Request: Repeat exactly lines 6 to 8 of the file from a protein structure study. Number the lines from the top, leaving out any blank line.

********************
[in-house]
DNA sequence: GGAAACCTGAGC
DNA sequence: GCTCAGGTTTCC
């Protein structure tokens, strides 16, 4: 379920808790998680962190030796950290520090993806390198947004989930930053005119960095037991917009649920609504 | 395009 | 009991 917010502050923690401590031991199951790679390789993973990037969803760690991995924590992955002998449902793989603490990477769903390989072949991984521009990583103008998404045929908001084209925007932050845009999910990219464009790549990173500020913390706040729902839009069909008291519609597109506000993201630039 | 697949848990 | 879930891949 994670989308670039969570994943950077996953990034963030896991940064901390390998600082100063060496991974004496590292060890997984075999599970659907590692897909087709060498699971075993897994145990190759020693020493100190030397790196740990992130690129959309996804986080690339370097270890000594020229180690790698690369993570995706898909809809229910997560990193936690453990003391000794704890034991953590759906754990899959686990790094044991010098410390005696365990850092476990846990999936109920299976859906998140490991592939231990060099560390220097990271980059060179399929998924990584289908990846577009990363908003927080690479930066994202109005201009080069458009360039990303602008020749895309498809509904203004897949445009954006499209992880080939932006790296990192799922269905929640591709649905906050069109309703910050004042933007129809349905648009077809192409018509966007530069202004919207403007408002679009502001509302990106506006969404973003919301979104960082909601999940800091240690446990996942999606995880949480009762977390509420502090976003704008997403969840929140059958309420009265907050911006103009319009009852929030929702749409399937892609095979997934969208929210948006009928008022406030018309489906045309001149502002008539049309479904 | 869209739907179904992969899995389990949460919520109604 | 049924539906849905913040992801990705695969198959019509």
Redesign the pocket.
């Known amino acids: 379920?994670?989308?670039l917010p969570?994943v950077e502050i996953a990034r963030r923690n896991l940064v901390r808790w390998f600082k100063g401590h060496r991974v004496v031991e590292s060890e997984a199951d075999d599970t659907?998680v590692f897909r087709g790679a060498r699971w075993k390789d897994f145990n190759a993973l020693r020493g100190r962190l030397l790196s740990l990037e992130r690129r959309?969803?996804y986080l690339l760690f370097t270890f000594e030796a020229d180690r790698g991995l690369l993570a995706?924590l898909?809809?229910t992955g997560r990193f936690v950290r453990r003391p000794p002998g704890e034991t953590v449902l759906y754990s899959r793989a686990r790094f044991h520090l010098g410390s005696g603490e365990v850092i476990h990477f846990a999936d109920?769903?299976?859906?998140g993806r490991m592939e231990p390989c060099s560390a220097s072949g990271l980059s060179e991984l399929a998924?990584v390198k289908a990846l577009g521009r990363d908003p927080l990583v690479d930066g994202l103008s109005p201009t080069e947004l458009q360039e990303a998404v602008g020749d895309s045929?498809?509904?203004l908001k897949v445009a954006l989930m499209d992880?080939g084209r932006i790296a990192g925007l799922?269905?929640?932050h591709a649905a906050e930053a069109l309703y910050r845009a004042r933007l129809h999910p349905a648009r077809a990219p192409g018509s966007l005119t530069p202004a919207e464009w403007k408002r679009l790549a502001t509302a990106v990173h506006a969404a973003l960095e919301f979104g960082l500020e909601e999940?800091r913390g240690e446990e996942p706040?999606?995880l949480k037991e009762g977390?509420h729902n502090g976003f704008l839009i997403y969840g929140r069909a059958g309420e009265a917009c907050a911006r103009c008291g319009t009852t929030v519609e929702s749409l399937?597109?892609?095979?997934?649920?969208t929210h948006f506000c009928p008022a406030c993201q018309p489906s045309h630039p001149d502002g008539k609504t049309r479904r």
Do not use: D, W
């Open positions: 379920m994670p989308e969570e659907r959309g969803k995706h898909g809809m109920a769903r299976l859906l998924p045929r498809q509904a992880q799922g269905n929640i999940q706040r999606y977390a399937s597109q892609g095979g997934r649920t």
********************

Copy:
């Known amino acids: 379920?994670?989308?670039l917010p969570?994943v950077e502050i996953a990034r963030r923690n896991l940064v901390r808790w390998f600082k100063g401590h060496r991974v004496v031991e590292s060890e997984a199951d075999d599970t659907?998680v590692f897909r087709g790679a060498r699971w075993k390789d897994f145990n190759a993973l020693r020493g100190r962190l030397l790196s740990l990037e992130r690129r959309?969803?996804y986080l690339l760690f370097t270890f000594e030796a020229d180690r790698g991995l690369l993570a995706?924590l898909?809809?229910t992955g997560r990193f936690v950290r453990r003391p000794p002998g704890e034991t953590v449902l759906y754990s899959r793989a686990r790094f044991h520090l010098g410390s005696g603490e365990v850092i476990h990477f846990a999936d109920?769903?299976?859906?998140g993806r490991m592939e231990p390989c060099s560390a220097s072949g990271l980059s060179e991984l399929a998924?990584v390198k289908a990846l577009g521009r990363d908003p927080l990583v690479d930066g994202l103008s109005p201009t080069e947004l458009q360039e990303a998404v602008g020749d895309s045929?498809?509904?203004l908001k897949v445009a954006l989930m499209d992880?080939g084209r932006i790296a990192g925007l799922?269905?929640?932050h591709a649905a906050e930053a069109l309703y910050r845009a004042r933007l129809h999910p349905a648009r077809a990219p192409g018509s966007l005119t530069p202004a919207e464009w403007k408002r679009l790549a502001t509302a990106v990173h506006a969404a973003l960095e919301f979104g960082l500020e909601e999940?800091r913390g240690e446990e996942p706040?999606?995880l949480k037991e009762g977390?509420h729902n502090g976003f704008l839009i997403y969840g929140r069909a059958g309420e009265a917009c907050a911006r103009c008291g319009t009852t929030v519609e929702s749409l399937?597109?892609?095979?997934?649920?969208t929210h948006f506000c009928p008022a406030c993201q018309p489906s045309h630039p001149d502002g008539k609504t049309r479904r």
Do not use: D, W
């Open positions: 379920m994670p989308e969570e659907r959309g969803k995706h898909g809809m109920a769903r299976l859906l998924p045929r498809q509904a992880q799922g269905n929640i999940q706040r999606y977390a399937s597109q892609g095979g997934r649920t």